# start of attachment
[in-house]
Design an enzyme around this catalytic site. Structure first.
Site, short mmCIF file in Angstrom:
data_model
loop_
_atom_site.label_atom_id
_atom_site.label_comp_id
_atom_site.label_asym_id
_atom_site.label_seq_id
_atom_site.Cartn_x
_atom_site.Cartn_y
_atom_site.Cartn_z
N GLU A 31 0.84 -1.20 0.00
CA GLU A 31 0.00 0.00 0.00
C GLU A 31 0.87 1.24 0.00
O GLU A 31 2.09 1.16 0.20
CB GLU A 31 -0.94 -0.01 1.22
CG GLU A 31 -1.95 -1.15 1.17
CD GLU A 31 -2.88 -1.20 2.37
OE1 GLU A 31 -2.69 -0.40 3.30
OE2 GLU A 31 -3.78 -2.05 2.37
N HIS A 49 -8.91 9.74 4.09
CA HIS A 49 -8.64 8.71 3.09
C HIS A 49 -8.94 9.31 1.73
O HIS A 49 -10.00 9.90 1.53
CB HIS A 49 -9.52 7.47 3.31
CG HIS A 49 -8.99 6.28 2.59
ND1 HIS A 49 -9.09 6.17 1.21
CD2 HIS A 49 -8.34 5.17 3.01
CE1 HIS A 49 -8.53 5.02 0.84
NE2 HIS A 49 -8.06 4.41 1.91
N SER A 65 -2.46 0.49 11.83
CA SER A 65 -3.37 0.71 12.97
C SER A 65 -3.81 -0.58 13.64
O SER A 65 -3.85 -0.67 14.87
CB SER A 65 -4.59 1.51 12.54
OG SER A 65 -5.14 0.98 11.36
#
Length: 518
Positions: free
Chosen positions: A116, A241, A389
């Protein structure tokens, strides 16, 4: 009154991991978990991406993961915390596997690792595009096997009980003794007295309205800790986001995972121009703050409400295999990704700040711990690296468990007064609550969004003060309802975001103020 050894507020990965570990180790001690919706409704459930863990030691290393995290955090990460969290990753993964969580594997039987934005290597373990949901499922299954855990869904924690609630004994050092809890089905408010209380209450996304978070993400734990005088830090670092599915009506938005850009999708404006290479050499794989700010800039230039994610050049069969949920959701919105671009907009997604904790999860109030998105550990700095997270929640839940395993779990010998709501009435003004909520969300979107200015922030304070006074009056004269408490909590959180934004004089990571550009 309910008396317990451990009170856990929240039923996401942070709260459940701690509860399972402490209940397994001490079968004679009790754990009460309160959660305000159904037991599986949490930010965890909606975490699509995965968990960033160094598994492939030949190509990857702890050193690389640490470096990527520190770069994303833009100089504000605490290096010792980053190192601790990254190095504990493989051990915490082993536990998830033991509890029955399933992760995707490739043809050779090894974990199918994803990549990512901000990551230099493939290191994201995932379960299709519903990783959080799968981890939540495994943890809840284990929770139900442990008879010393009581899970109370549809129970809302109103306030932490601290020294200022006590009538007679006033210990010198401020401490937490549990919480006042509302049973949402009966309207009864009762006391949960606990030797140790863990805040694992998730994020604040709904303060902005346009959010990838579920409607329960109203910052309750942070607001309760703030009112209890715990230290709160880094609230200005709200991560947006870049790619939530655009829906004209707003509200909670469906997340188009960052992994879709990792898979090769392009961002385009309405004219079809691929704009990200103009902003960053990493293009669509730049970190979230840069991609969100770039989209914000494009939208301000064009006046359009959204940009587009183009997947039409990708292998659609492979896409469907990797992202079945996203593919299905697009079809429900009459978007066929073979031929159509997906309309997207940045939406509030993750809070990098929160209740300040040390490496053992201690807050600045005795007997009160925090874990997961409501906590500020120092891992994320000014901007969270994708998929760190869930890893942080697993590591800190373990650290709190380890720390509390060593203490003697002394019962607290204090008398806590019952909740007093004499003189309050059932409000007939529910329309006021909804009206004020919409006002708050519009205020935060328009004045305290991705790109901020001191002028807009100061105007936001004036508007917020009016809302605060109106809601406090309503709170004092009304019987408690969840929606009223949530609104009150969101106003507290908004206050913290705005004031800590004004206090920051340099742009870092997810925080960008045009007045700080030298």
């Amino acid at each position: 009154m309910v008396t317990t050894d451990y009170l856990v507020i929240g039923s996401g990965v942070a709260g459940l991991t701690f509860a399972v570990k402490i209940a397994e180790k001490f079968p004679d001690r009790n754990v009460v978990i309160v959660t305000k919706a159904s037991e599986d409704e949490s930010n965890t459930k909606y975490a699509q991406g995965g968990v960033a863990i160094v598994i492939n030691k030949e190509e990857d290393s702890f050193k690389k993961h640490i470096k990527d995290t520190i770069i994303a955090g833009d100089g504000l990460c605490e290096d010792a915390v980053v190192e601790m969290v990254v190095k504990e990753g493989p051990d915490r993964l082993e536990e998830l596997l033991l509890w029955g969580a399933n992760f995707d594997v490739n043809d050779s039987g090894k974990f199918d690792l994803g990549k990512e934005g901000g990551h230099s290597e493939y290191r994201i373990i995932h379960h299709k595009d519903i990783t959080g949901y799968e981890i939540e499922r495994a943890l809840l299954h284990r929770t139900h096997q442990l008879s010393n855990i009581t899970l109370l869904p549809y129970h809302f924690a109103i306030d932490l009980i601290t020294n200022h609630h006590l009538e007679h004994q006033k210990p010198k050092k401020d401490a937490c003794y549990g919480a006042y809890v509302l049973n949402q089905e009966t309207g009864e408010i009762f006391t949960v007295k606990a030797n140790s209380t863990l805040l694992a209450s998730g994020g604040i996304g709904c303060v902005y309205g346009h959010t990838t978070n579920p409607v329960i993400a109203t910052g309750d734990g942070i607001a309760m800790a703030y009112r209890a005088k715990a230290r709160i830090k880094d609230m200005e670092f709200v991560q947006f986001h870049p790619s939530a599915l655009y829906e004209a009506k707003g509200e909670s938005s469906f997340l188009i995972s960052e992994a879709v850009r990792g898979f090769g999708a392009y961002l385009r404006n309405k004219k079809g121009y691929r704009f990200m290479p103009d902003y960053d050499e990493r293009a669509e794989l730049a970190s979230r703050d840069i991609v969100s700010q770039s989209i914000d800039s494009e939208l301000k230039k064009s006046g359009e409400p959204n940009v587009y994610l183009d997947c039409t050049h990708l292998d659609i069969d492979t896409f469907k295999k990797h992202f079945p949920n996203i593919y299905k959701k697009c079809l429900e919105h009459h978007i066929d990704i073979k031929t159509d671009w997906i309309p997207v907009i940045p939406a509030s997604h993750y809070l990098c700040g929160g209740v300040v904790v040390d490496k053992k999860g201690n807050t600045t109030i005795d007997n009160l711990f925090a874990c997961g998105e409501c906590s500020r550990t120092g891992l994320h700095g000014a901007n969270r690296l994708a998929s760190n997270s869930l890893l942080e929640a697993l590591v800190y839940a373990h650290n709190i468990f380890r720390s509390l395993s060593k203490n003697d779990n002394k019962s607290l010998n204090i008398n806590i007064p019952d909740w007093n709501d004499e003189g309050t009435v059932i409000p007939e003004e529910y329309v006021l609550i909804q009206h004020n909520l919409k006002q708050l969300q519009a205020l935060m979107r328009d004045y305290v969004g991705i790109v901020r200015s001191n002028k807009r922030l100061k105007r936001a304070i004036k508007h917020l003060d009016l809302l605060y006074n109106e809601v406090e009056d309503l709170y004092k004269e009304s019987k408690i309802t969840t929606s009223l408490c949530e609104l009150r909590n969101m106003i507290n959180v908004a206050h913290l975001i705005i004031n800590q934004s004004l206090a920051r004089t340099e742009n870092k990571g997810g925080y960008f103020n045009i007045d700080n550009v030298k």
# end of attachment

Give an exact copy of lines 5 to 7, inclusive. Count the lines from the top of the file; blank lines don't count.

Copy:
loop_
_atom_site.label_atom_id
_atom_site.label_comp_id